Zen and the art of submitting your work ☕
A few weeks ago, I wrote about and how sitting with your work for 30 minutes a day can eventually turn into a book. At the time, I was two weeks into a streak, which lasted until the very end of February. When the month turned to March, it was time to take a break, switch gears, and focus on my least favorite part of the process: submissions.
Creating new work is exciting, invigorating, a little bit mystical. When it’s just you and the blank page, there are no consequences, no one to tell you that your idea is dumb or your sentences cliché. Everything you write is brilliant, or could be after a few dozen rounds of revision. And revision can be mystical, too! Some of my best writing experiences have happened when I suddenly unearth a theme I didn’t notice the first six times around, or find a faint connection that helps the plot click into place. The pleasure is akin to solving a puzzle or walking into your own surprise party.
Submitting, at least for me, is the complete opposite. Forget mysticism; it’s pure drudgery. First, you have to decide a piece is finished, which is no easy feat. Then you have to figure out where to send it, which means looking up every literary journal you can think of, checking their guidelines, making sure they’re open for submissions, formatting your work to their unique specifications, paying the $3 submission fee (which ADDS UP) and then hitting submit - only to realize after the fact that there’s a typo in your cover letter.
Never mind that most of the time, your efforts will be rewarded with rejection. No matter how hard you work, how much you believe in a piece, you can’t control whether the person reading it will agree with you. And maybe this is the real reason I don’t like submitting. The act of writing is something I can control, mysticism aside. I can make myself sit at my desk and move my fingers, diligently carve out the time to write sentences and scenes and stories. What I can’t control is whether anyone will want to read those words, or choose to publish my work in their pages.
So, yeah. I don’t love submitting, which explains why I haven’t send anything out since last summer. Deep down, however, I’m a narcissist with delusions of grandeur. I want someone to publish my work. I want all of you to read it. I want awards and money and admiration and cold, hard proof that all those mornings at my desk have not been a pointless waste of time. (Wow, sorry to get so dark on a Sunday morning!) Clearly, it was time to get back in the ring and submit, submit, submit.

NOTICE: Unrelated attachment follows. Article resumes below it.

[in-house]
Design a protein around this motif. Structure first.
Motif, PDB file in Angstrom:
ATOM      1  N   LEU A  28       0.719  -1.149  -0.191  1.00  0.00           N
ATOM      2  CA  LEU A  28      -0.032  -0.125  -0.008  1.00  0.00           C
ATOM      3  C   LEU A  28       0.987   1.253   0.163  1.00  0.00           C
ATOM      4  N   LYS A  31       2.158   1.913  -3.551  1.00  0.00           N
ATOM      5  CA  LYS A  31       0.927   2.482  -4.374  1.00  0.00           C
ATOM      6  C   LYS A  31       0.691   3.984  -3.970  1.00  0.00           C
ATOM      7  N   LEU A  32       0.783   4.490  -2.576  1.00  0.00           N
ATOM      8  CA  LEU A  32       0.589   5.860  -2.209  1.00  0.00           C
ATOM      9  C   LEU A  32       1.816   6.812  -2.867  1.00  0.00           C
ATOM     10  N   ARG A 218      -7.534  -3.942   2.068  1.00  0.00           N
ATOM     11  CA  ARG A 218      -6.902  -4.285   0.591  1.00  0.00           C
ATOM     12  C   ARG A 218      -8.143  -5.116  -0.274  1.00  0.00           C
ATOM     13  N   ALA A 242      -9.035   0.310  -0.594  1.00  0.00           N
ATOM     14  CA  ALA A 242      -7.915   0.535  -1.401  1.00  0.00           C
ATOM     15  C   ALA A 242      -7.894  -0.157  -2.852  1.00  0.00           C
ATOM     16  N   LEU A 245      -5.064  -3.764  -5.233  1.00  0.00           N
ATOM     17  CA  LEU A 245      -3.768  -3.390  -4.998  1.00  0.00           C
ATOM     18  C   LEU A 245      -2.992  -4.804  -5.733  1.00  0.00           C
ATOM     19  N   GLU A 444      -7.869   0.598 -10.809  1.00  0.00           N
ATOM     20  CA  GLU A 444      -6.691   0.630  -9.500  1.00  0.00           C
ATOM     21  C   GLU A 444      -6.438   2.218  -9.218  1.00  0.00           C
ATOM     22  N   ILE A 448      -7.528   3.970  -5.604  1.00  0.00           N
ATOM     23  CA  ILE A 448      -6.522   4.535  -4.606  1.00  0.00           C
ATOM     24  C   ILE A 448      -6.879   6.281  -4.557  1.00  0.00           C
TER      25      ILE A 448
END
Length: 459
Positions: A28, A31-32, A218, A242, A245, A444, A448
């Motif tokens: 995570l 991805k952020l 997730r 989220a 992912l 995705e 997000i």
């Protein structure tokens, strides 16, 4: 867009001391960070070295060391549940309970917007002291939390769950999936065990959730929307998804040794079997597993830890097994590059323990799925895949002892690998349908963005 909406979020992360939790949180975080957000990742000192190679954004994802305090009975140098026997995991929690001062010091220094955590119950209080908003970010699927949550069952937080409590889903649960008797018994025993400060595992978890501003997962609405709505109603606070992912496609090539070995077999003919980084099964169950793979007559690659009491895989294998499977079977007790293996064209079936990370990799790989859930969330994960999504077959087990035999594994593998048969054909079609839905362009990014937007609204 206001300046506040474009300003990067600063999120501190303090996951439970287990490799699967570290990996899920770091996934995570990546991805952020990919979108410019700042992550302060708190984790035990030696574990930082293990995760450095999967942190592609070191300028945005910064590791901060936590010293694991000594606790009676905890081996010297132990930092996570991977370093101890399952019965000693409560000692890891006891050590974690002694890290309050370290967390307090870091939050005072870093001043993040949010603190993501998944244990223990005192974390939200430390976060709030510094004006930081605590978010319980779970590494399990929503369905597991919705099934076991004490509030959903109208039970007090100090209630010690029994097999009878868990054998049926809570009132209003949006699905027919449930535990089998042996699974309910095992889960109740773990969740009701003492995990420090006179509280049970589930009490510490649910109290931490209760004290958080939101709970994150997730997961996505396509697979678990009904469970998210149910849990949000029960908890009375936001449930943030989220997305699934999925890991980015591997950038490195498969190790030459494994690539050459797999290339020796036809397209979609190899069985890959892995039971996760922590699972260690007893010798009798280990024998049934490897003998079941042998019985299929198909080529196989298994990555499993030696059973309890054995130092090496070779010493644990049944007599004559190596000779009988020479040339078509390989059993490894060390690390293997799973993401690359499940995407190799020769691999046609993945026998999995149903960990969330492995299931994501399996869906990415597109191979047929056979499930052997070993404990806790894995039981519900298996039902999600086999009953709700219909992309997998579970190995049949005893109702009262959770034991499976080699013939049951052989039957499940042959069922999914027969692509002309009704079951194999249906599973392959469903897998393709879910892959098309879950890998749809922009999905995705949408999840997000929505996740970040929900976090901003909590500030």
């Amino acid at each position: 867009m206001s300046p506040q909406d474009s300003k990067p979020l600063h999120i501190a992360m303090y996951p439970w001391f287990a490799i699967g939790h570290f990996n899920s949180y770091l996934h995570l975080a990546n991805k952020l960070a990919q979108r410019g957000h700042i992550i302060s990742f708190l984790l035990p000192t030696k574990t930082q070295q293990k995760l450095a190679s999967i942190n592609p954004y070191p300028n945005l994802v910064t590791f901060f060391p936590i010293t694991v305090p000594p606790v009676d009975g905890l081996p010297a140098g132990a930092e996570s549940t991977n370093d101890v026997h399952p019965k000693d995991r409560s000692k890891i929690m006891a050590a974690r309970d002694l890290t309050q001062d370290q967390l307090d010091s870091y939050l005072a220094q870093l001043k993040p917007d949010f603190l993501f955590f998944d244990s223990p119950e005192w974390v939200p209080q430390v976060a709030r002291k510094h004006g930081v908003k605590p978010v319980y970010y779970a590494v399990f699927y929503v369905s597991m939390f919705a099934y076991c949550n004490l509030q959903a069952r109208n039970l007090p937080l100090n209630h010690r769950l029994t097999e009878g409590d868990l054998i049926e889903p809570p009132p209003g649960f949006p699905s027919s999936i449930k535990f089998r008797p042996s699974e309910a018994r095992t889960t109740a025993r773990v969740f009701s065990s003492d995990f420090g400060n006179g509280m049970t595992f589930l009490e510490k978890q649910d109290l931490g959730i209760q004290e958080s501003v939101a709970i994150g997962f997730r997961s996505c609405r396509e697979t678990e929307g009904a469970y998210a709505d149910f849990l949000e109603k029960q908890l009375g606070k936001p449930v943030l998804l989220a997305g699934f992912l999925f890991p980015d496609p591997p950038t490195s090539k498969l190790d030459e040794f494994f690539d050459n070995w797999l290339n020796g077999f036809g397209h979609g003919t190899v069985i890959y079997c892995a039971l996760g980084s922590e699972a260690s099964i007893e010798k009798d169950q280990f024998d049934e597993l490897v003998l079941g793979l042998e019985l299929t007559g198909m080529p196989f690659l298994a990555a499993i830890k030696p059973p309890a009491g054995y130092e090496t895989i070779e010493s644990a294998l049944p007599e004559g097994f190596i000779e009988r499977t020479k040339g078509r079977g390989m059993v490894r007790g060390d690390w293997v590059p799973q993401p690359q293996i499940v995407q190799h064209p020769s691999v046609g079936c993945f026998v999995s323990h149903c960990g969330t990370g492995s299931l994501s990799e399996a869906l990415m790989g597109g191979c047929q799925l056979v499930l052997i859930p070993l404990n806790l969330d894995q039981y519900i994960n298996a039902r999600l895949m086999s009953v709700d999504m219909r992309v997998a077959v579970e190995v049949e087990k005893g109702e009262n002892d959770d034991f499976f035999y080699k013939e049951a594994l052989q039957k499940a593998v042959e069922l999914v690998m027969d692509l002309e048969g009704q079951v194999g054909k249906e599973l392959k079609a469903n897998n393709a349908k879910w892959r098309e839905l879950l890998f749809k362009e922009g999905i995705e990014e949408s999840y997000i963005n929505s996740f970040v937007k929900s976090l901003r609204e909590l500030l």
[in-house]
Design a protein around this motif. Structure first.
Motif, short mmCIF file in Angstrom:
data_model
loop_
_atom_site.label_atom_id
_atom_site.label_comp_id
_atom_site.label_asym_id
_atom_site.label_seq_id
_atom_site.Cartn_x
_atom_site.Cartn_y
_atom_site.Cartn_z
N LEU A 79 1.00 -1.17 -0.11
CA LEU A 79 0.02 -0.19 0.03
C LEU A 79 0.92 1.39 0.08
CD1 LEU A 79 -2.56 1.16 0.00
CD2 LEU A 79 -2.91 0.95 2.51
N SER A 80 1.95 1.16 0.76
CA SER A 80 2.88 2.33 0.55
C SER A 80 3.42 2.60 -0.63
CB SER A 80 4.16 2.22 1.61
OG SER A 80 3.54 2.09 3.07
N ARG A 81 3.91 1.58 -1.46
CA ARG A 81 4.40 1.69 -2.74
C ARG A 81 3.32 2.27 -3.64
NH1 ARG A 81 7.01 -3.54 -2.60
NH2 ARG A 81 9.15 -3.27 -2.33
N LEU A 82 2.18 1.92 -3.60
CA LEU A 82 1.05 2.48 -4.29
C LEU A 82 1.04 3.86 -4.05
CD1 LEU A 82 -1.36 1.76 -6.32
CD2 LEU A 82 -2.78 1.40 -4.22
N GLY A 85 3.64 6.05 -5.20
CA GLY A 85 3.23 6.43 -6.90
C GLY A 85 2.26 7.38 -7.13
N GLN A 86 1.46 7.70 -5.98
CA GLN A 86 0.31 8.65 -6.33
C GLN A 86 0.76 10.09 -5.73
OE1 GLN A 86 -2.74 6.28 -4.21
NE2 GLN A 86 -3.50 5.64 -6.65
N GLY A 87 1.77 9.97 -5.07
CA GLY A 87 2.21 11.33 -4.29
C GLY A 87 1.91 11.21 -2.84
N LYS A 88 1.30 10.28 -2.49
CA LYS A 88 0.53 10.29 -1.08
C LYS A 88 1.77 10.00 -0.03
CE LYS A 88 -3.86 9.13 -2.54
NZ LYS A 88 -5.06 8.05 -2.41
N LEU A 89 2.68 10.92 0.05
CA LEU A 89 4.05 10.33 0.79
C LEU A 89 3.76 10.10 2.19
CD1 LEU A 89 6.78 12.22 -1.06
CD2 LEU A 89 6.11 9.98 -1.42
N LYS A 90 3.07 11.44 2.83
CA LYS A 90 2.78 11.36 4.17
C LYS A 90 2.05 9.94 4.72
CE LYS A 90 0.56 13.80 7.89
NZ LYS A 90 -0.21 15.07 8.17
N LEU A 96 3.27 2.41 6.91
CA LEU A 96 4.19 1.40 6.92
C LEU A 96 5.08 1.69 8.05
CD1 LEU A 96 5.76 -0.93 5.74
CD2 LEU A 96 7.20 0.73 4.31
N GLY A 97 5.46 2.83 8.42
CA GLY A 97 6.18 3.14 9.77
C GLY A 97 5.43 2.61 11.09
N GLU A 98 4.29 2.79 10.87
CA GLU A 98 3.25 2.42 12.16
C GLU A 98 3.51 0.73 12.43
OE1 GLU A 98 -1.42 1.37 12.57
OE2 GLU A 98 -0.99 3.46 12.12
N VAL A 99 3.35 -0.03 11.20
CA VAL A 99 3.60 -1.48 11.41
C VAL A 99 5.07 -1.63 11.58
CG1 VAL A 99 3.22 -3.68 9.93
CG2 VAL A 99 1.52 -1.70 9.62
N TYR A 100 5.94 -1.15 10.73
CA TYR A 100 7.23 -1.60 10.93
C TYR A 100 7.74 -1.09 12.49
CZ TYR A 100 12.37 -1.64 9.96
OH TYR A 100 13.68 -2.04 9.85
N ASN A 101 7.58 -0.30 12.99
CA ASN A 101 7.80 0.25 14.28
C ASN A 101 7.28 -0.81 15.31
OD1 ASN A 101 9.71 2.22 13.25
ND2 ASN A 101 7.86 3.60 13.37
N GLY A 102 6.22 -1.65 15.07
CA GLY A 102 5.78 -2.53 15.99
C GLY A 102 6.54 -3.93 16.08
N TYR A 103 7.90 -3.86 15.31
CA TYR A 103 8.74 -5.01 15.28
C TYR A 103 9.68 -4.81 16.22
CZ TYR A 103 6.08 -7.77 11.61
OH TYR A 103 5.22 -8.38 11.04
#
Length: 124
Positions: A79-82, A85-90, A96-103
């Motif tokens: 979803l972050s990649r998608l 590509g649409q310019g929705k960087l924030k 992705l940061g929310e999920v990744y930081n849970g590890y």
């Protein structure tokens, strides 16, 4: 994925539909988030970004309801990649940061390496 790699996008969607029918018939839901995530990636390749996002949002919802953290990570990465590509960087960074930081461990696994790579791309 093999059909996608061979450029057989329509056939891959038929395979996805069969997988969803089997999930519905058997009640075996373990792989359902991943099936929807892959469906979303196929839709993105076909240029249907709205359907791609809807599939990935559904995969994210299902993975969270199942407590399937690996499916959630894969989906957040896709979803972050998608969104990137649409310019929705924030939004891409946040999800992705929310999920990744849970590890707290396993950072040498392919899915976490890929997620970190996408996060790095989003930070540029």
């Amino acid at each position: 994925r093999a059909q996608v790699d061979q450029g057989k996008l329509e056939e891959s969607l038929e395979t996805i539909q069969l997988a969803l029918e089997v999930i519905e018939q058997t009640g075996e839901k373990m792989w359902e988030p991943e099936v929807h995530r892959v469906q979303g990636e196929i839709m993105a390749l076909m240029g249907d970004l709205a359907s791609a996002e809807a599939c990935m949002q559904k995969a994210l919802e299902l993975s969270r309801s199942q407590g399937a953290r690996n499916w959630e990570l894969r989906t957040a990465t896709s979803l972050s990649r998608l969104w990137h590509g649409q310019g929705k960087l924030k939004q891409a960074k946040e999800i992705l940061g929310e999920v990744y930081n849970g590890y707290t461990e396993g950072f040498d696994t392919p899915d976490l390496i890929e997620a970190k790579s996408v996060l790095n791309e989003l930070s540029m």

At the beginning of the year, I joined the staff of the Raleigh Review, a literary journal based in North Carolina. Each week, I’m assigned a handful of stories to read and rate. If I like a piece, I pass it on to the next round of readers. If I don’t, I mark it accordingly and move on. I treat each submission with care and attention, and even when the work isn’t ready - and most of the time, I’ll be honest, it’s not - there’s something inspiring about all those writers who believe otherwise.
When I sat down this week and submitted my work, I thought about all the rejections I’ve sent since January, all the people who aren’t content to keep their stories to themselves no matter how many times they hear “no”. Because every now and then, out of the cacophony of “not the right fit” and “needs more work” and “send us something else”, you hear that elusive “yes” right when you need it most. And when you return to your desk, that yes ringing in your ears, it feels different, transformed. A little bit of mysticism before you get back to work.
But seriously, those $3 submission fees are out of control.
Why Do We Hate Decaf So Much?, Vox. "#DeathBeforeDecaf, however, is not really about a love of coffee. An Instagram quote worshipping coffee demonstrates something more performative: that the poster is rising and grinding; they’re hustling; they’re putting their hair in a messy bun and handling it."
A New Luxury Retreat Caters to Elderly Workers in Tech (Ages 30 and Up), New York Times. I clicked on this for many reasons - it sounds ridiculous, I'm in my mid-30s and work at a software company, etc, etc. But it's actually a really nice meditation on aging and acceptance. (And also a little ridiculous.)
My Deep, Burning Class Rage, The Cut. "In grad school, I saw a whole new level of privilege. I was working three jobs and my friends and I would talk about struggling with money and then I’d realize that their parents were paying their rent." All of this.
✨ Snack of the Week ✨
The days are longer, the sun is warmer, and you absolutely deserve something cold and sweet at the end of the day. I recommend these dark chocolate covered banana bites, which are basically healthy yet still delicious. A snack that truly does it all.
Bonus link! An interview with the woman who runs Trader Joe's List, the best Instagram account on the 'net.
A Tiny Challenge
A dear friend suffered an unimaginable loss earlier this week, and it's been difficult to think about anything else. This Sunday, take a few minutes to appreciate the people you love. Our time with each other is precious, and too brief.
As always, thanks for reading. See you next Sunday. 💌
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